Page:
The Case for Copying | The Art Assignment | PBS Digital Studios | Summary and Q&A

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May 4, 2017
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The Art Assignment
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The Case for Copying | The Art Assignment | PBS Digital Studios

TL;DR

The video explores the concept of copying in art, discussing the motivations, implications, and significance of artists imitating and appropriating existing images.

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Key Insights

  • 🥰 Copying has been a practice in art since ancient times, being used for training, innovation, influence, and reworking artistic subjects.
  • 🥰 Appropriation art seeks to understand how images in our surroundings shape our psyche and collective life, while Pop Art reflects the ubiquity of mass media.
  • ✊ Copying challenges concepts of authorship and originality, revealing the power dynamics involved in determining artistic value.
  • 🛀 The context of images is integral to their meaning, and copying shows that the meanings of artworks are constantly shifting and fresh.

Transcript

NARRATOR: This is a photograph by Walker Evans. And this is a photograph by Sherry Levine. Walker Evans' photograph dates from 1936, when he was hired by the Farm Security Administration to document the American South in the wake of the Great Depression. Sherry Levine's was taken in 1981 from a reproduction of the Evans photograph, as part of a ser... Read More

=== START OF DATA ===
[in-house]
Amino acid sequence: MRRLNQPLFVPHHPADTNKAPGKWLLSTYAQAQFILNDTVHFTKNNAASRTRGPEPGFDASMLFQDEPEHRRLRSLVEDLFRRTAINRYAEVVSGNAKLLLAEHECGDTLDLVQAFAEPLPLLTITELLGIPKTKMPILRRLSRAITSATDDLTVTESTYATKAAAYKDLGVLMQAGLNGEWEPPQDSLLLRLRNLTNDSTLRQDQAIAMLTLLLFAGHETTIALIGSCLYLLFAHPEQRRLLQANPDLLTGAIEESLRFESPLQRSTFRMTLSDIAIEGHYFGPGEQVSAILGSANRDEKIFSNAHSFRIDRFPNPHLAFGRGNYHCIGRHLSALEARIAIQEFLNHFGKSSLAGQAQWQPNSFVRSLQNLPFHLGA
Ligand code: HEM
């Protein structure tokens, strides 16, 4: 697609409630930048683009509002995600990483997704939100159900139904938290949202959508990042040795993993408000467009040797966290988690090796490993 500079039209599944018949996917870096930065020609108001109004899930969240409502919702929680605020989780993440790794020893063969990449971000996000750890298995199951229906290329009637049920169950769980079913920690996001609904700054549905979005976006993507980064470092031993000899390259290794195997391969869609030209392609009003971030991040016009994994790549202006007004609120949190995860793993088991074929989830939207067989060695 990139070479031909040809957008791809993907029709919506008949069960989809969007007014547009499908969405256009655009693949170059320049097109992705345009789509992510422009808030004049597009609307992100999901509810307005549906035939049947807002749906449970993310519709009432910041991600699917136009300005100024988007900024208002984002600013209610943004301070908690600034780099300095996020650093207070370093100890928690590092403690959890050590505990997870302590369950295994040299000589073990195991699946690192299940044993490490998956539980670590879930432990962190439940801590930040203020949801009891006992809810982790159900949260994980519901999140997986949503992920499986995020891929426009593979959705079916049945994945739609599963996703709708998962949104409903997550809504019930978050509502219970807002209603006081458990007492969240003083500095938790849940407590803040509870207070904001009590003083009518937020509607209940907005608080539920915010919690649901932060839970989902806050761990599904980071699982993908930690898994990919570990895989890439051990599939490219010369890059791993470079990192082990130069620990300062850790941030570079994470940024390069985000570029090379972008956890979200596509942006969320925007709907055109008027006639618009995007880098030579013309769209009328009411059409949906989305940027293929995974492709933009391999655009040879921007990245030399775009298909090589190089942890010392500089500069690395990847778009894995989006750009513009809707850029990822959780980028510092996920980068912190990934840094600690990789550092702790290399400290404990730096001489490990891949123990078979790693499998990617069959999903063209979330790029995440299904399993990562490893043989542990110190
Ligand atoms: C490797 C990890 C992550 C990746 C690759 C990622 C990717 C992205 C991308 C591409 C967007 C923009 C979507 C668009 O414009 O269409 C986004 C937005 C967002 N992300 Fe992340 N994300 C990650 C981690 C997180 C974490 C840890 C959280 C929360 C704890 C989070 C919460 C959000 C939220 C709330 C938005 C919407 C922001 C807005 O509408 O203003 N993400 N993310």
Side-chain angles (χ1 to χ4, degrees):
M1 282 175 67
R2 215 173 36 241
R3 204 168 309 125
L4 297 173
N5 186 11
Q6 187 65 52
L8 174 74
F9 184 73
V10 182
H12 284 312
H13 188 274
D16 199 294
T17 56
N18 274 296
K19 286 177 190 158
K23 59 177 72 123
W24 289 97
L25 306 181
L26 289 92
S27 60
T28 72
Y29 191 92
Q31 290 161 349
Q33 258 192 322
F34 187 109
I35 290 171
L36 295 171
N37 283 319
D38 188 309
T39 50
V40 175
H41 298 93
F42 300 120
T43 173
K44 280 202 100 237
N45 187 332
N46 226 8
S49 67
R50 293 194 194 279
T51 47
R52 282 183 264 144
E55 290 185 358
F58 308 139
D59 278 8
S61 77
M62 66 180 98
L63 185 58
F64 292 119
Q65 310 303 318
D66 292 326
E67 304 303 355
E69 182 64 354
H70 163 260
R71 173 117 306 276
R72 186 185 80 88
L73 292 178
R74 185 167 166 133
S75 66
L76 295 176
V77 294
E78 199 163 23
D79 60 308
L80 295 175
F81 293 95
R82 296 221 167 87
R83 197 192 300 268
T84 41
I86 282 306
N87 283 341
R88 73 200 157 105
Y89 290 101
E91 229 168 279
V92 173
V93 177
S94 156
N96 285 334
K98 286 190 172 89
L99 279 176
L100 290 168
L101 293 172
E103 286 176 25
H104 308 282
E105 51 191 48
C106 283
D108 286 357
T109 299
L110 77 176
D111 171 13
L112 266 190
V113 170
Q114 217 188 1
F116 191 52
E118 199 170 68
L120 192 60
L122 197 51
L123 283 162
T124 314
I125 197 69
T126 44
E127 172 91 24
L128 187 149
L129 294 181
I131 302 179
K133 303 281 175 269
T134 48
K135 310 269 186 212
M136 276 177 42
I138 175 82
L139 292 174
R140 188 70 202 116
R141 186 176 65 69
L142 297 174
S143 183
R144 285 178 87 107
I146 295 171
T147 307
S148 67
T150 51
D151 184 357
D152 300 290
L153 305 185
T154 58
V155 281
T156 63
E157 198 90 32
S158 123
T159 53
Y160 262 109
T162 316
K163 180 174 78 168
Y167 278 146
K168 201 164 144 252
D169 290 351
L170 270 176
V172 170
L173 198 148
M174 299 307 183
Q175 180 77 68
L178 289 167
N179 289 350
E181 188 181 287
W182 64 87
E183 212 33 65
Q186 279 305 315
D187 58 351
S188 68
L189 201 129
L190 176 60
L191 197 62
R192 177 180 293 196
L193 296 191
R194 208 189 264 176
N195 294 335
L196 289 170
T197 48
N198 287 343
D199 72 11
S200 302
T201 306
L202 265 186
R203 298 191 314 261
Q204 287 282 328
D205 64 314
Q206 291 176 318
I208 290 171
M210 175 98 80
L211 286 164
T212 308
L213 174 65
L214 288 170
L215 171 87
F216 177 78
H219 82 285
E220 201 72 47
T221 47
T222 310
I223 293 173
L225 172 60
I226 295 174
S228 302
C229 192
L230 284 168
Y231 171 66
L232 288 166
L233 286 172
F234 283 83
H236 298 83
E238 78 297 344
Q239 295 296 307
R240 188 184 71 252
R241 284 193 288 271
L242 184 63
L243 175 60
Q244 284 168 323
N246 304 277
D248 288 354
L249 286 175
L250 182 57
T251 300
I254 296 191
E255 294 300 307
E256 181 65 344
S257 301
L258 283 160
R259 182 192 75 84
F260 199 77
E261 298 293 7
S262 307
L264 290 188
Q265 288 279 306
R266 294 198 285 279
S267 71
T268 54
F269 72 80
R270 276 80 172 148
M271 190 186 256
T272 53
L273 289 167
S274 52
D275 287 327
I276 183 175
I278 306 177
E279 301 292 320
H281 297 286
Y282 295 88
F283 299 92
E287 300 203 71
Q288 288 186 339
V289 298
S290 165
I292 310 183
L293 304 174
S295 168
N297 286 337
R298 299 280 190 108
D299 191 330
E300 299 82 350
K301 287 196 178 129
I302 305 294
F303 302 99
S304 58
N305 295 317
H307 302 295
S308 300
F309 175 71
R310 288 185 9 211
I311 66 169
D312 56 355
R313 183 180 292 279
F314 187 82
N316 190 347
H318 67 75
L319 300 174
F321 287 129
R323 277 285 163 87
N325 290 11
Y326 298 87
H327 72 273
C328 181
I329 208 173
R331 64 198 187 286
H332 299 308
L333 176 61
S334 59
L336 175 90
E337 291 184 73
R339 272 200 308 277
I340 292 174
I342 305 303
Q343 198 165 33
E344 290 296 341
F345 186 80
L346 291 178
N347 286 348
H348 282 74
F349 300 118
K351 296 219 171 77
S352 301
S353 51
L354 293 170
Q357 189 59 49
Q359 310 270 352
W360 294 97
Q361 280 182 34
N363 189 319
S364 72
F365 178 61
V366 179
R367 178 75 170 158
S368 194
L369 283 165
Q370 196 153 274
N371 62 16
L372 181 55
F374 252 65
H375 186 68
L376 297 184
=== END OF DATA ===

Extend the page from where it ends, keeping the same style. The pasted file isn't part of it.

Questions & Answers

Q: What is the difference between Walker Evans' photographs and Sherry Levine's reproductions?

Walker Evans' photographs are iconic representations of the Great Depression, while Sherry Levine's reproductions are a part of her series titled "After Walker Evans". While Evans' photographs show us the face of the Depression, Levine's work raises questions about the nature of copying and its artistic value.

Q: Why do artists copy existing images?

Artists copy for various reasons, including training their hand, demonstrating stylistic innovation, signaling influence from other artworks, claiming prestige, reworking artistic subjects for their time, and suggesting new ways to navigate history. Copying allows artists to engage with and reinterpret existing imagery and traditions.

Q: How does Appropriation art differ from Pop Art?

Appropriation art, like certain strands of Dada and Surrealism, seeks to understand how images in our surroundings inform our psyche and create a basis for collective life. It highlights the value conferred on mundane objects by an artist's gesture of selection, drawing attention to institutions dependent on ideas of originality. Pop Art, on the other hand, reflects the ubiquity of mass media and often holds up a mirror to it.

Q: What is the significance of copying in challenging concepts of authorship and originality?

Copying in art challenges the idea of the originating genius and highlights the power dynamics involved in determining what is considered authentic and original. It reveals that the meaning and value of artworks are influenced by structures of power and the context in which they exist.

Summary & Key Takeaways

  • The video discusses the difference between Walker Evans' iconic and indisputable photographs of the American South during the Great Depression and Sherry Levine's photographs, which are reproductions of Evans' work.

  • It explores the prevalence of copying in recent art and questions whether it is a confession of creative inadequacy or a concept masquerading as opportunism.

  • The video also delves into the history of artists copying each other and using existing imagery and traditions to navigate history and create new meanings.

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